Iran jailing lawyers, even those defending Christian converts
More than 30 lawyers have been detained; three of them have defended converts from Islam. Two journalists who first reported on Mahsa Amini's death face five years in prison. So far, the crackdown by Iran’s clerical regime has left 321 people dead, including 50 children, with almost 15,000 people taken into custody.
Tehran (AsiaNews) – Lawyers are the latest group facing the wrath of Iran’s clerical regime after students, activists, and journalists. The crackdown was sparked by a massive wave of protests triggered by the killing of a 22-year-old Kurdish woman, Mahsa Amini, by the morality police.
In recent weeks, more than 30 lawyers, including at least three who have defended Christians arrested for converting from Islam, have ended up in prison.
Since the start of the protest almost two months ago, thousands of people have been arrested.
More than 200 lawmakers are demanding harsh penalties for protesters, including the death penalty.
Hossein Ahmadiniaz, an Iranian activist now living in the Netherlands, told Article18 that many of the arrested lawyers are well-known figures.
Some of whom had offered free legal advice to protesters, and “demanded the establishment of a legal commission to protect the rights of detainees, including the right of access to a lawyer.”
For 43 years, he explains, the Islamic Republic has continuously expressed its hostility to the bar association and “illegally detained, tortured and imprisoned, or forced (people) to flee from Iran.”
Three jailed lawyers – Bahar Sahraian, Mustafa Nili, and Babak Paknia (pictured) – defended Christians tried for "illegal conversion”.
The first one represented a couple, Sam Khosravi and Maryam Fallahi, whose adopted daughter Lydia was removed from their care by order of the court since they had converted to Christianity, and could not raise the child who was considered Muslim from birth.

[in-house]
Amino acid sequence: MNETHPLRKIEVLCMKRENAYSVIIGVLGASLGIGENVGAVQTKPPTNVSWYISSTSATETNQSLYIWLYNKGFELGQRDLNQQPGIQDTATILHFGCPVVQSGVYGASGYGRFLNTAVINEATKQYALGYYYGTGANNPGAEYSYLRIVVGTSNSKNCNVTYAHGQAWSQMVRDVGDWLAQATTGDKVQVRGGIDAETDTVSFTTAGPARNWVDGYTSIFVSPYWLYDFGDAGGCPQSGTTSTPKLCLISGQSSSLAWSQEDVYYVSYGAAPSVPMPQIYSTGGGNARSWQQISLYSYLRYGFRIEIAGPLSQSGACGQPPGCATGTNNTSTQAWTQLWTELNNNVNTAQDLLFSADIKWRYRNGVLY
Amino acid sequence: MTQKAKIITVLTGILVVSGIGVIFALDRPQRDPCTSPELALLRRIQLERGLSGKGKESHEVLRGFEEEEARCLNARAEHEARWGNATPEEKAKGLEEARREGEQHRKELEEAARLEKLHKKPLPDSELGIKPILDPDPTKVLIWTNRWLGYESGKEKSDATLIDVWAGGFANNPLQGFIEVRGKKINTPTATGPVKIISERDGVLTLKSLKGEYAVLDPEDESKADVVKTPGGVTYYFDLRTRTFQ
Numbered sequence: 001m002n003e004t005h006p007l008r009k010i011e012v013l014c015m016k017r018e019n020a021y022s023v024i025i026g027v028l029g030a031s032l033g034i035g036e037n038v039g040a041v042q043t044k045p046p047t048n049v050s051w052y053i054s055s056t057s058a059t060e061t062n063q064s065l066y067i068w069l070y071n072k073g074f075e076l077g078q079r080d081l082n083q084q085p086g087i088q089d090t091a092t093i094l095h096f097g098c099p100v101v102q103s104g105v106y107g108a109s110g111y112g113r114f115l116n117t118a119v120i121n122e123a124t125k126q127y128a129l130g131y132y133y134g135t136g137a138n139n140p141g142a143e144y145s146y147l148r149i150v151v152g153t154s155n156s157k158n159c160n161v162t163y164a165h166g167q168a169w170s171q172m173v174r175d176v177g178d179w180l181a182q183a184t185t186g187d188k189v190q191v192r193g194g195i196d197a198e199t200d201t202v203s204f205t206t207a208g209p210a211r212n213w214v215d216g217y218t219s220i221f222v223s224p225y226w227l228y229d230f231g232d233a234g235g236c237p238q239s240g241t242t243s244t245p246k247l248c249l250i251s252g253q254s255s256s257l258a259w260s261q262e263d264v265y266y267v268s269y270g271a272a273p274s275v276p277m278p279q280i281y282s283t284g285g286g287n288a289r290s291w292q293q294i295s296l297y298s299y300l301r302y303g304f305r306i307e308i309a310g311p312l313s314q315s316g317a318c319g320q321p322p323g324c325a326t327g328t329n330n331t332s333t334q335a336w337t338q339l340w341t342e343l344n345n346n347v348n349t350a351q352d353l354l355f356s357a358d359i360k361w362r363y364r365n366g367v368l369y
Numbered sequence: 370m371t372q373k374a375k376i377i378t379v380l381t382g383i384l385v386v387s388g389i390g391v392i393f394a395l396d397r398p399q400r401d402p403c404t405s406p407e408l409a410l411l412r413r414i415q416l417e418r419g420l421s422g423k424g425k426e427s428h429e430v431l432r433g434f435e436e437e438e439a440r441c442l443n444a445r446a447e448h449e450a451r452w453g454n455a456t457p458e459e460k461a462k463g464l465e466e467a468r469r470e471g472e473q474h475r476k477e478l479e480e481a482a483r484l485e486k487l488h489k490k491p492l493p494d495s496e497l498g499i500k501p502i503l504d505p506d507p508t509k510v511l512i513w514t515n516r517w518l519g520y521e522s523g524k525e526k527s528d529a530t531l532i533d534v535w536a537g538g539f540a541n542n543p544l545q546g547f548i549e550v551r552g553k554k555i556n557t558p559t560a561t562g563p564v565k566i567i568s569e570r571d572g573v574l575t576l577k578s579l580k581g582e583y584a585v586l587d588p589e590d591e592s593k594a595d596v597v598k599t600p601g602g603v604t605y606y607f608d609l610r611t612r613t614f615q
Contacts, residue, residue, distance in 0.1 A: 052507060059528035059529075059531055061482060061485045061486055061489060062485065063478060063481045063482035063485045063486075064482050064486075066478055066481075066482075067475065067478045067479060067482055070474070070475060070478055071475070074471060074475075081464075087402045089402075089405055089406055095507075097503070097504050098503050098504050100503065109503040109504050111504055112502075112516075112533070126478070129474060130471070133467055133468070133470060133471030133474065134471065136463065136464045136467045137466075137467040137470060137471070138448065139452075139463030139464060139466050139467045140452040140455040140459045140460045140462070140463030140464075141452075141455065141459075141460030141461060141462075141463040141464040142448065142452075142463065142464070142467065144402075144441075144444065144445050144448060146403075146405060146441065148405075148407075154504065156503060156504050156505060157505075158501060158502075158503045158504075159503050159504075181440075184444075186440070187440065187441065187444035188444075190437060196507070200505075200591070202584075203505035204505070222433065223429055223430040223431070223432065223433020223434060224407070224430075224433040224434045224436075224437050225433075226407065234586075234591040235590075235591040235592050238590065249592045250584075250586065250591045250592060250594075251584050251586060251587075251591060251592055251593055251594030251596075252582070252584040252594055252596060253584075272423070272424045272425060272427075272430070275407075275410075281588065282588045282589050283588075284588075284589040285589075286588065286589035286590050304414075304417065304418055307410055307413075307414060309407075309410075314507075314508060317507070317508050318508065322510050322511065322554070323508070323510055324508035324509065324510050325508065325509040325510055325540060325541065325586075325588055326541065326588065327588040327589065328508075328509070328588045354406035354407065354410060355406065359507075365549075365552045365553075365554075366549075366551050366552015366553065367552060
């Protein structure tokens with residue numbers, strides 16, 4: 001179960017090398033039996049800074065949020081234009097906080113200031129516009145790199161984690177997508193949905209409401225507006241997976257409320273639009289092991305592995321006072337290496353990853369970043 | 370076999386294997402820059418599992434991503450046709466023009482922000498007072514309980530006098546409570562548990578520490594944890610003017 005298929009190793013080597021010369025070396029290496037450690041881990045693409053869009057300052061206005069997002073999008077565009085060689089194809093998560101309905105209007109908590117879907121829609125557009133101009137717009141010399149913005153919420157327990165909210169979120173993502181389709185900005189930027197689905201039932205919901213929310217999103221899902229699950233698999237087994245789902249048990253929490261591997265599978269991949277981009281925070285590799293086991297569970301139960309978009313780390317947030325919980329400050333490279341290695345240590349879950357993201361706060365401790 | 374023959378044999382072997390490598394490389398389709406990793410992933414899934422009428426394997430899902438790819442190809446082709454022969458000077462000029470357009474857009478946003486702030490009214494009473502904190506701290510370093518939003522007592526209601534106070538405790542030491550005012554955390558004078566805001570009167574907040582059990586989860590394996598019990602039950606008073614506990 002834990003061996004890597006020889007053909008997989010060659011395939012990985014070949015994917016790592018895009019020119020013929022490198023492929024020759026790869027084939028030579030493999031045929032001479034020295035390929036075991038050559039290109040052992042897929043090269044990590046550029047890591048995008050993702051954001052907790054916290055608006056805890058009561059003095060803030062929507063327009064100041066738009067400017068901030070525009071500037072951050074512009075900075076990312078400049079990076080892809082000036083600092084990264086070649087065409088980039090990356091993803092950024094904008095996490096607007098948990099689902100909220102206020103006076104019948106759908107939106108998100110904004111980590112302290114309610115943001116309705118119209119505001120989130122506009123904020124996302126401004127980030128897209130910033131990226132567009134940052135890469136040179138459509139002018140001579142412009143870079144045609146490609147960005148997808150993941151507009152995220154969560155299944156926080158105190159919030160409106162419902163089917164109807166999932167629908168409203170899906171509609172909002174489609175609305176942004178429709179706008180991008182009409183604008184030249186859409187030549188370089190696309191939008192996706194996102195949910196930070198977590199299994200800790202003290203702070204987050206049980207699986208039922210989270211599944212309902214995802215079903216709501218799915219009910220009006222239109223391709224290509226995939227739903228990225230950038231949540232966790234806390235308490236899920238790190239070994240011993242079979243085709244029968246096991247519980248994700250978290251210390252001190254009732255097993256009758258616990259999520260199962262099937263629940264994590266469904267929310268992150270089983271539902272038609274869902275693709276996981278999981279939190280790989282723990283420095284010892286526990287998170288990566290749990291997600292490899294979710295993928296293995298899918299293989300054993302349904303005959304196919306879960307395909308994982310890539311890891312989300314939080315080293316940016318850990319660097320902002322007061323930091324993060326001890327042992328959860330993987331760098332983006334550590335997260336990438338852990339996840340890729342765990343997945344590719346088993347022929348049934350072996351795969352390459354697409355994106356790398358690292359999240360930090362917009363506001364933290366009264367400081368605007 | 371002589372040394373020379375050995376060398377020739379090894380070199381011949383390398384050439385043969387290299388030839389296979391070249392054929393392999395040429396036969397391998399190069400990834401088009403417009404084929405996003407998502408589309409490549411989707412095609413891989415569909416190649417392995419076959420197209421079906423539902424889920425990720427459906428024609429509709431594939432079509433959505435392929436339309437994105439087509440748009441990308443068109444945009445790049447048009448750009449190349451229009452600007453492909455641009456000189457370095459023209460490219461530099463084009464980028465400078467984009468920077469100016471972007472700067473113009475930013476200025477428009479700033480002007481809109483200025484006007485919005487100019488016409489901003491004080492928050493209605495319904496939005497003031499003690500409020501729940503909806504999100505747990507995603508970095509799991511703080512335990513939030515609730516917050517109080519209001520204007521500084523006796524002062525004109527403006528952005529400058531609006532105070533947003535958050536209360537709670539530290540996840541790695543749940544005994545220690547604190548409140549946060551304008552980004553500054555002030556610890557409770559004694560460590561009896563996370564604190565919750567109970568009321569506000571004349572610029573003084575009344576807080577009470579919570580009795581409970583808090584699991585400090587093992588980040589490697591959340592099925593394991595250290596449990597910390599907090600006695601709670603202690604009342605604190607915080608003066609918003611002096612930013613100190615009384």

Another couple, Sara Ahmadi and Homayoun Zhaveh, were given a combined sentence of 10 years. They are currently in Evin prison, where the 64-year-old husband, Homayoun, is in precarious health suffering from advanced-stage Parkinson.
Last week, the second lawyer, Mustafa Nili, defended three converts – Ahmad Sarparast, Morteza Mashoodkari, and Ayoob Poor-Rezazadeh – already serving a five-year jail sentence.
Babak Paknia, Mustafa's colleague, has also defended Christians on several occasions; he has also supported the campaign in favour of his colleague Iman Soleimani, in the crosshairs of the authorities for his pro-rights activism.
According to the latest information, six of the arrested lawyers, including Paknia, were released on bail. However, the vast majority remain in pre-trial detention.
This and other serious violations have prompted Iranian 40 lawyers, plus some living abroad, to sign an open letter that is highly critical of Iran’s judiciary.
Instead, of “defend[ing] the rights of citizens”, the legal system has become a “despotic” and “corrupt” force that uses “false ‘security’ charges” to commit abuses and violations.
Meanwhile, prosecutors have charged journalists Niloufar Hamedi and Elaheh Mohammadi with “collusion to act against national security and propaganda against the Islamic Republic”. The two were among the first to report on Mahsa Amini's death and the first protests during her funeral.
Their fate should be decided in the coming days. It is not yet clear if the trial will be held behind closed doors; nevertheless, a conviction seems likely. Both could get up to five years in prison.
Despite the brutal crackdown by Iran’s clerics, the largest popular protests since the Islamic revolution of 1979 do not seem to be waning. Some 321 people have been reportedly killed so far, including 50 children, this according to the Human Rights Activists News Agency (HRANA).
Since the unrest began, nearly 15,000 people have been arrested.
According to the latest news, at some university, student groups have called for a day of remembrance for the victims of repression.